Global Notes: Music Of Revolution Unites Estonia With Africa

South African anti-apartheid leader Nelson Mandela with his wife Winnie at his side, raises his fist as he acknowledges the cheers of thousands at a rock concert Monday, April 16, 1990 at London's Wembley Stadium.
South African anti-apartheid leader Nelson Mandela with his wife Winnie at his side, raises his fist as he acknowledges the cheers of thousands at a rock concert Monday, April 16, 1990 at London's Wembley Stadium. AP Photo/Martin Cleaver
South African anti-apartheid leader Nelson Mandela with his wife Winnie at his side, raises his fist as he acknowledges the cheers of thousands at a rock concert Monday, April 16, 1990 at London's Wembley Stadium.
South African anti-apartheid leader Nelson Mandela with his wife Winnie at his side, raises his fist as he acknowledges the cheers of thousands at a rock concert Monday, April 16, 1990 at London's Wembley Stadium. AP Photo/Martin Cleaver

Global Notes: Music Of Revolution Unites Estonia With Africa

When choirs sing, they do something revolutionary. Every individual member of a collective breathes at the same time, feels the same thing, and creates sound where everyone is heard, but nobody created on their own.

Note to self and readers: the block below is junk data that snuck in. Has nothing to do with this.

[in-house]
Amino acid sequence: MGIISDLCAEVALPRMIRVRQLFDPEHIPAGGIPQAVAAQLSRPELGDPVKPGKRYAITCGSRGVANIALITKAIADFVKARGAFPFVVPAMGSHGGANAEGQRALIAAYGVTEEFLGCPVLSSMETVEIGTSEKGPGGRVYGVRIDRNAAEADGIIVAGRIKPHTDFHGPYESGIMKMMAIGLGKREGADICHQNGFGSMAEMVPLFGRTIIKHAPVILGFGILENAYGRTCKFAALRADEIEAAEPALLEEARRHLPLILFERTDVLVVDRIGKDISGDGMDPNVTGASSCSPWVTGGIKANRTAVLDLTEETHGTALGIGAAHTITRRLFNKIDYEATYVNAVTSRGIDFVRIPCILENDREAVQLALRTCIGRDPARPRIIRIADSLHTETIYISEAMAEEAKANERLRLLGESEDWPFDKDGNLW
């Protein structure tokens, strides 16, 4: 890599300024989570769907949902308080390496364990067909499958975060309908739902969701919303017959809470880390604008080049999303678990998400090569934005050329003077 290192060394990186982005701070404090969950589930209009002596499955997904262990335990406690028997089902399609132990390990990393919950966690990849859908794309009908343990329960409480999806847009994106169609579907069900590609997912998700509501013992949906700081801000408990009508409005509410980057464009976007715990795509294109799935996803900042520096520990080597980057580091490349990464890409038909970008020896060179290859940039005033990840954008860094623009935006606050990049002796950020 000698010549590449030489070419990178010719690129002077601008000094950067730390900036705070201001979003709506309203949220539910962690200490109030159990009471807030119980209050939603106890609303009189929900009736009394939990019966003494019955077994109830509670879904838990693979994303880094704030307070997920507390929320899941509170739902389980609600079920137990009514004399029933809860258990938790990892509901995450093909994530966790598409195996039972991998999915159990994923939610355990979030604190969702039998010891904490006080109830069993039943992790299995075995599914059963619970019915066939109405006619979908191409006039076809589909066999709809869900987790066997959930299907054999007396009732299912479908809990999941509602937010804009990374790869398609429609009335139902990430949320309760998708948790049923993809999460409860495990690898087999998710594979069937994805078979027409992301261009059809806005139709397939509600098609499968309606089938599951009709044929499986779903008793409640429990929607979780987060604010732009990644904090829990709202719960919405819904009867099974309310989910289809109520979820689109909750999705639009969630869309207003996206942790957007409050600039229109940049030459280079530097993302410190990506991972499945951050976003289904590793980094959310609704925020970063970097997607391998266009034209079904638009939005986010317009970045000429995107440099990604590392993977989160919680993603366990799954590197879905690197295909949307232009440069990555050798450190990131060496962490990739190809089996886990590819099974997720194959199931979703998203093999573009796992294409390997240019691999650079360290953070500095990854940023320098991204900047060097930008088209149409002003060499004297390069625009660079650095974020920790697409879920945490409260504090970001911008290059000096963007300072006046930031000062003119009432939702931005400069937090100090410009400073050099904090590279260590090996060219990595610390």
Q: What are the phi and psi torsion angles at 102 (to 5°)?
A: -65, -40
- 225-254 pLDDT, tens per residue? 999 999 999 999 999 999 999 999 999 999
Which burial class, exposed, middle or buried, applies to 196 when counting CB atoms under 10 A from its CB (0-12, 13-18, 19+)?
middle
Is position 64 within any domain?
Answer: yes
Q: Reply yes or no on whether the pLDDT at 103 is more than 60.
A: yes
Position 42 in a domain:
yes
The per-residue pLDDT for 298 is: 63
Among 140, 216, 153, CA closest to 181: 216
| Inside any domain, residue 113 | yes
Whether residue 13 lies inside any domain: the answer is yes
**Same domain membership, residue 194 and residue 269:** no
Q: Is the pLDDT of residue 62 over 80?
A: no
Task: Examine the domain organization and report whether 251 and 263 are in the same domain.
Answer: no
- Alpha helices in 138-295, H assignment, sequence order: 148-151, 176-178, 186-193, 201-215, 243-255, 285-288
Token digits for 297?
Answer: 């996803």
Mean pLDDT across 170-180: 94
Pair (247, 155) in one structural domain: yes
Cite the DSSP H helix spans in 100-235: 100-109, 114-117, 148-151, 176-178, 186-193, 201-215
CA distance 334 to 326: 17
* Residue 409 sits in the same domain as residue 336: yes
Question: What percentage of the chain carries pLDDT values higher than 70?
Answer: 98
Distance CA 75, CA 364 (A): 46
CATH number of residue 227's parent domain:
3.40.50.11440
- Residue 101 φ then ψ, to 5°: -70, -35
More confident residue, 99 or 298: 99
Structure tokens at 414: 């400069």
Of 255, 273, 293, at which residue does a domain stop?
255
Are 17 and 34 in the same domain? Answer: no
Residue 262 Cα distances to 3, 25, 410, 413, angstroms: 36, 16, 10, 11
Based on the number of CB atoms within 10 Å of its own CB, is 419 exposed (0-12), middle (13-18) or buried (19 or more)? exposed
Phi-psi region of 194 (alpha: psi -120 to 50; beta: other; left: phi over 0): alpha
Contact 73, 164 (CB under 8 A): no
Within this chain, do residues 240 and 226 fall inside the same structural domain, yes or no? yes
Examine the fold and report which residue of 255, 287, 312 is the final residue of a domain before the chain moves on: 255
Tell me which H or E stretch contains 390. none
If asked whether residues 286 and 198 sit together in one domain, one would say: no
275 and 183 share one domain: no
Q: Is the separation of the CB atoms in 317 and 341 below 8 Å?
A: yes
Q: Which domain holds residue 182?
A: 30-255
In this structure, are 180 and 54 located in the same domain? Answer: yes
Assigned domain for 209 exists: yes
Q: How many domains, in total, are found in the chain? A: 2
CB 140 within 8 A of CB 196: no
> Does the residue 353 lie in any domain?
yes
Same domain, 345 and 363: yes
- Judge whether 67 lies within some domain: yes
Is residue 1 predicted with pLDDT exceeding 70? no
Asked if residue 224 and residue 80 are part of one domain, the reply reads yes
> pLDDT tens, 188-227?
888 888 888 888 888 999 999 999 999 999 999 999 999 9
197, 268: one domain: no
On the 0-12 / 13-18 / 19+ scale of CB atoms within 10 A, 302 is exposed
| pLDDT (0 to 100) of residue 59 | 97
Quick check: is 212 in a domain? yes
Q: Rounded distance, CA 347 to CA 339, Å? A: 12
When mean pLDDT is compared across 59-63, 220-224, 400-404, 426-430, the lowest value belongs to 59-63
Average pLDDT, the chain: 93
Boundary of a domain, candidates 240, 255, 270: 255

That’s not too different from the solidarity of political revolution. Two countries today owe much of their freedom to singing. Estonia’s famous “singing revolution” led the Baltics to independence from the Soviet Union in 1991. Music played a central role in abolishing South Africa’s apartheid regime, including songs about the jailed Nelson Mandela, which were sung at rallies.

Both of these social movements inspired the North Shore Choral Society’s latest project called “Music for Social Change.” This weekend at Regina Dominican High School, the choir will sing music from Estonia, South Africa, and the American civil rights movement.

The choir’s music director, Julia Davids, says these social movements prove that solidarity is possible, and that music still brings about radical social change. Davids joins Mollie Stone, an expert on South African music, to discuss the project in this week’s installment of Global Notes.